Autonomy is the ethical principle known as “respect for persons.” Autonomy provides individuals with the right to make their own autonomous decisions. This is also referred to as the right to self-determination. This principle provides individuals with the right to make free, uncoerced, and informed decisions. Autonomy is the ethical principle that provides the framework of full disclosure and informed consent (Beauchamp & Childress, 2008).
In addition to the ethical principles of beneficence, nonmaleficence, justice, and autonomy, fidelity and veracity are two other principles essential in ethical decision-making processes. Fidelity is known as promise keeping. Fidelity ensures that the policymaker delivers what was promised in the form of policy. Veracity is known as truth telling. Veracity consists of being honest in delivering information to a policymakers constituency. Fidelity and veracity are essential for a policymaker to develop a trusting relationship with constituents.
Values are beliefs that an individual or social group has regarding what is relevant and important to their belief system. Values generally have an emotional attachment. Values are continually formed throughout life as an individual develops, and as the contextual and social situation of the individual changes. Some values are permanent and some values transform as an individual grows and develops. Value formation originates within the individual’s family unit and continues to evolve with socialization into different professional and societal groups. Values that typically do not change, and form the basis for other values and philosophical perspectives are considered core values. An individual’s values comprise the belief system or framework that structures the manner in which an individual views the world. In other words, this value system serves as the framework that creates an individual’s paradigm regarding policy and politics (Coletta, 1978).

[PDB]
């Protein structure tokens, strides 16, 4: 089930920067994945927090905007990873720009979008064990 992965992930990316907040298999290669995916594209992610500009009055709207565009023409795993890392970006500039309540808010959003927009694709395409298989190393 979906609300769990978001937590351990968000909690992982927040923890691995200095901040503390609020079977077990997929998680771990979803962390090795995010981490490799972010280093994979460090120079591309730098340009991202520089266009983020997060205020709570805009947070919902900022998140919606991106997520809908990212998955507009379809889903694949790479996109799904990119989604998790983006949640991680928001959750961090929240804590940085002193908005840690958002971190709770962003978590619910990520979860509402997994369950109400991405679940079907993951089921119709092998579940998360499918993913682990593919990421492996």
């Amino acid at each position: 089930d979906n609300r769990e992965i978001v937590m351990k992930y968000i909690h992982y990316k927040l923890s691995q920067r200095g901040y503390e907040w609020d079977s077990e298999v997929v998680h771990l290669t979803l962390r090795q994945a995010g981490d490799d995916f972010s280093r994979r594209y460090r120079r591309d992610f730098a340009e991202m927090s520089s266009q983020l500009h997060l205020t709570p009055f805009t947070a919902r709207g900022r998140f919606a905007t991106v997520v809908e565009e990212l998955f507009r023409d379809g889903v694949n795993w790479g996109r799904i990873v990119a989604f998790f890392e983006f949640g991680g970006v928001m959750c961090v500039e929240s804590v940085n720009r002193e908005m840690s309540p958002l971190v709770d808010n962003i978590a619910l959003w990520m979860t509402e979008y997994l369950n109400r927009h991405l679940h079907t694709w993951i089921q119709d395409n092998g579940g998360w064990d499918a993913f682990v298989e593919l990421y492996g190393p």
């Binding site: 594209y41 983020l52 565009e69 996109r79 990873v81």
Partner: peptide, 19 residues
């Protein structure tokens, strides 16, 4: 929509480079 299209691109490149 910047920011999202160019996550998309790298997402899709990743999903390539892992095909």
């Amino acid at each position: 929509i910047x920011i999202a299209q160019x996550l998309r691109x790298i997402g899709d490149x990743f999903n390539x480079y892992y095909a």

Values form the foundation for ethical decisions. To engage in moral thoughts and actions, an individual needs to have a framework of values that comprise their professional and personal life. The value clarification process promotes clarity regarding an individual’s personal and professional values that form the foundation for their thoughts and actions in relation to policy and politics.
The value clarification process promotes self-reflection to identify an individual’s values and value system. During this process of self-reflection, the policymaker has the ability to analyze and prioritize the values that compose their value system through a process of refinement. Raths et al. (1966) defined a seminal process of values clarification. The process consists of choosing, prizing, and acting. In accordance with this process, a value is that which meets more than two criteria resulting from these three processes (see Figure 11-1).
Figure 11-1 Value clarification process